Delete
  2. I didn't know that was where the Batjac name came from. I always thought it was a bit of a strange one.

    I've been quite keen to see this one for a while, mainly because it's got John Wayne versus an octopus!

    Incidentally, it was actually a squid in Reap the Wild Wind. Squid don't like it when people confuse them with octopuses. They're very touchy about that in the squid community. And, trust me, you don't want to get on the wrong side of a squid.

    ReplyDelete
    Replies
    1. Is my face red! As someone whose children made her watch Spongebob, I should have been more aware of the squid community. There must be a great deal of pride with having been featured in a DeMille epic.

      I am surprised that TCM has not scheduled both of these movies during their March spotlight, Life at Sea.

      Delete
  3. Gail Russell - such a lovely, underrated actress, who brought such a haunting delicacy to her roles. She's wonderful in Seven Men From Now, in which her performance stands out; another excellent performance of hers is in The Tattered Dress, in which she plays a crime victim on trial. What would her career have been like had she more confidence in herself?

    ReplyDelete
    Replies
    1. I don't recall Gail as the victim in The Tattered Dress. I do remember being impressed with her. Is it possible I may have reached my movie saturation point?

      Delete
  4. Still on my Wayne radar. I've been way too busy with blogathons. Ive got a couple dozen Wayne movies I still haven't watched including this one.

    ReplyDelete
    Replies
    1. Yep. I've got a list of movies with a giant imaginary "S" next to them standing for "someday."

      Delete
  5. GAIL RUSSELL was married to GUY MADISON from 1949 to 1954. Guy was in TILL THE END OF TIME with DOROTHY MCGUIRE. We have mentioned that movie before. Speaking of MISS MCGUIRE I wonder if she would have been good paired up with DUKE. I think she would have. She was a great actress. The first two movies that come to mind are A TREE GROWS IN BROOKLYN and OLD YELLER which is partly like a western. It is set in TEXAS in the 1800s.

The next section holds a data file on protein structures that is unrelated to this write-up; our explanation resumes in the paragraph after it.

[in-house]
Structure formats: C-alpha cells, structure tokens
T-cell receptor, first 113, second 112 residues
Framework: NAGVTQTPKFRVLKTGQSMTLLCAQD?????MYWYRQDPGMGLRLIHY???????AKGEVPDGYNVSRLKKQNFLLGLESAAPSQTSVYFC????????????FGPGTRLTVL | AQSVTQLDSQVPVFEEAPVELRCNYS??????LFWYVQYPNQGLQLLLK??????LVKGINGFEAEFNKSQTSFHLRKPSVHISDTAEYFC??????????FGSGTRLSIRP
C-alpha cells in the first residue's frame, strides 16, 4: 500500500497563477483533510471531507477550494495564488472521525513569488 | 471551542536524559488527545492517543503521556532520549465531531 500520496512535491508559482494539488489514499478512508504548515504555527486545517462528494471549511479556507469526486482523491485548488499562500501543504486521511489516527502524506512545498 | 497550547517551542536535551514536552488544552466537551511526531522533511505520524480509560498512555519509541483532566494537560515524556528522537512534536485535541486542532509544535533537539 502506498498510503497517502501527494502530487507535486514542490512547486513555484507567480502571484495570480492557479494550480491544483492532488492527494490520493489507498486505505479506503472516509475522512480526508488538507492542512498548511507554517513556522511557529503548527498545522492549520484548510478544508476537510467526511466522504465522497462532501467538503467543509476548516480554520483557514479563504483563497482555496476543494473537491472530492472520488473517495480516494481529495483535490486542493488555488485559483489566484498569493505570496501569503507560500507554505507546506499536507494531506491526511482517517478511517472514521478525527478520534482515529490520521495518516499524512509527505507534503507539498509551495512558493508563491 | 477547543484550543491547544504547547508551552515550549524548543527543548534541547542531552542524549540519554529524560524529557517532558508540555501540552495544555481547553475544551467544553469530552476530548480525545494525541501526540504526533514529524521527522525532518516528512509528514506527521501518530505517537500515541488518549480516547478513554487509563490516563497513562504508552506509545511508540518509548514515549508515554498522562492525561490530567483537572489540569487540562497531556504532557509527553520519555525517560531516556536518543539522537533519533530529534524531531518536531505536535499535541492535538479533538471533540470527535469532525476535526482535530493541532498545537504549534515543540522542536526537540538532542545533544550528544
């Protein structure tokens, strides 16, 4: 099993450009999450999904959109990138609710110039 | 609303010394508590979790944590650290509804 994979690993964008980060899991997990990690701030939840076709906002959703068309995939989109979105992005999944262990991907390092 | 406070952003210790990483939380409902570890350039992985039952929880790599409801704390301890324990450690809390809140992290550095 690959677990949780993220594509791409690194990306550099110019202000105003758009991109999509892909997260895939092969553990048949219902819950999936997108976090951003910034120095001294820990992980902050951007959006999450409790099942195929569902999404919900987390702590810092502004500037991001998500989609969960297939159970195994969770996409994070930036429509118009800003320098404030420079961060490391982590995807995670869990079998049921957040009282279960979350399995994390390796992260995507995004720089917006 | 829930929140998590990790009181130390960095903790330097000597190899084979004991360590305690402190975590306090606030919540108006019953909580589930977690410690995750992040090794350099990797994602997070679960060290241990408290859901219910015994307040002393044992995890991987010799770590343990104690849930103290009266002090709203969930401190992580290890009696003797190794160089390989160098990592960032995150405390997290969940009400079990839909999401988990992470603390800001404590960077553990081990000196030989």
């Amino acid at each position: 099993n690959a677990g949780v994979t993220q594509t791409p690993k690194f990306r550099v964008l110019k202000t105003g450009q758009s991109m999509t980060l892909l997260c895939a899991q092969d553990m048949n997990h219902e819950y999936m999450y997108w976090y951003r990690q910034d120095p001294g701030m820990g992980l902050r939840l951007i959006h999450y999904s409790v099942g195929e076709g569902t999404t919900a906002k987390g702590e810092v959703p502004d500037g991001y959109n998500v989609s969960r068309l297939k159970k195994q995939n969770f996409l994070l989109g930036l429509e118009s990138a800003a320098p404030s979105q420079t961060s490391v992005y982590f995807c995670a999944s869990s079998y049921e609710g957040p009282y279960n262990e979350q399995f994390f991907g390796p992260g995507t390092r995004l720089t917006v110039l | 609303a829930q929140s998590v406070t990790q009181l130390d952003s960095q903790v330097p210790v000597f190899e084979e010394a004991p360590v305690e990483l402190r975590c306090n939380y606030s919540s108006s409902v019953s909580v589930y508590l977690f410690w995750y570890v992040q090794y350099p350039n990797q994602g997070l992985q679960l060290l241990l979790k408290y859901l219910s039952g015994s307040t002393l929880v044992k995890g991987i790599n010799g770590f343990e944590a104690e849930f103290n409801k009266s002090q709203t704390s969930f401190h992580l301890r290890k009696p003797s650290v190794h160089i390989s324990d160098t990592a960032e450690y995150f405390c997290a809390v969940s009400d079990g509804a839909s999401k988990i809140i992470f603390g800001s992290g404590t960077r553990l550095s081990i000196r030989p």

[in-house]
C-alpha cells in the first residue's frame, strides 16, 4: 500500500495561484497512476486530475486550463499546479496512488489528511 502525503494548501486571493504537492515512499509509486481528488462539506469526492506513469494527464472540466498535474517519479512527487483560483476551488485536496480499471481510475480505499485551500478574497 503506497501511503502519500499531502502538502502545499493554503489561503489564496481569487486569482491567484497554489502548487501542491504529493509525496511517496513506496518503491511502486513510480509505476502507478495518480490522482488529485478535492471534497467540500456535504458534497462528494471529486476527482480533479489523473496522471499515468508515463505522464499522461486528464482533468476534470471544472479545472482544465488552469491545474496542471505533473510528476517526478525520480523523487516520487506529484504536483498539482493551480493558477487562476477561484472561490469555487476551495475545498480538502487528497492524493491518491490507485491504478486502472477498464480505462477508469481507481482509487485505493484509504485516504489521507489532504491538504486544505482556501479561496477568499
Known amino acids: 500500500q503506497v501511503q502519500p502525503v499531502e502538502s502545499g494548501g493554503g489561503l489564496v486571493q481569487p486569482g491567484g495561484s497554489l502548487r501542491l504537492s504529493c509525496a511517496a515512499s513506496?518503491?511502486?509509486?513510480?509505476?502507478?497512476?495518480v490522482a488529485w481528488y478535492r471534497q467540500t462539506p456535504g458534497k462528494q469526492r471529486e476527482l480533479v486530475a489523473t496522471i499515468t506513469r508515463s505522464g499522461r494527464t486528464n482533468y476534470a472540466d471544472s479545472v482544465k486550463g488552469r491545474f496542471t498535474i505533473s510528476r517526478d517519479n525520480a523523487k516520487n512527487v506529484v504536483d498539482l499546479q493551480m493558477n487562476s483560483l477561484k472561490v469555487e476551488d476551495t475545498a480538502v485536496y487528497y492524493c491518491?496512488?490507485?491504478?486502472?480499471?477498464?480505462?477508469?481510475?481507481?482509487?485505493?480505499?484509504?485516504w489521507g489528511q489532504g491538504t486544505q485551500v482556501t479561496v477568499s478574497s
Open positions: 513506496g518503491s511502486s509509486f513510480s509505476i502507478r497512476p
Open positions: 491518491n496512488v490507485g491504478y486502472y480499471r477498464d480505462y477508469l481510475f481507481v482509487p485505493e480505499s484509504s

ReplyDelete
    Replies
    1. Old Yeller is one of my favourite Disney features. I also loved Fred Gipson's book which I haven't read since childhood. Since they were both good actors, I think a John Wayne and Dorothy McGuire pairing would have been interesting.

      Delete
  6. Speaking of Out To Sea PATRICK WAYNE, the son of JOHN WAYNE, made five trips on THE LOVE BOAT. (Ive seen at least two eps.) I haven't seen the movie but Patrick was the star of SINBAD AND THE EYE OF THE TIGER. JANE SEYMOUR and TARYN POWER(the daughter of TYRONE POWER) were also in the movie which came out in 1977. Patrick Wayne had a good career which he can be proud of. He may not have set the acting world on fire but he had a career to be respected.

    ReplyDelete
    Replies
    1. The shipboard setting of Sinbad and the Eye of the Tiger would make it appropriate for the theme of this blogathon. Patrick Wayne acquitted himself well in his various roles in movies and on television.

      Delete
  7. Another excellent Gail Russell-John Wayne pairing. Love the movie. Too bad it wasn't in color. Favorite Quote: "I'm not one of those 'eye for an eye' men. No! I always take two eyes." For some reason I always forget Gig young is in the movie, and I've seen it three times!

    ReplyDelete
    Replies
    1. On my recent rewatch prior to writing this piece, I too forgot that it was Gig Young playing the narrator role. It's not as if he's a forgettable sort of actor. I guess there is so much else going on in Wake of the Red Witch to take my attention.

      Delete
  8. SO sorry for the delay commenting on you wonderful post! I cannot believe I have never seen this film. It sounds just like my kind of thing. Thanks so much fo bringing it to the blogathon @

    ReplyDelete
    Replies
    1. And here I am, bringing up the rear. I'm so pleased you enjoyed the post and I think you'll feel the same about the movie.

      Delete

THE ROBERT DONAT BLOGATHON: The 39 Steps, 1935

Maddy Loves Her Classic Films is hosting The Robert Donat Blogathon on July 3 to 5. Click HERE to join in the admiration for the fond...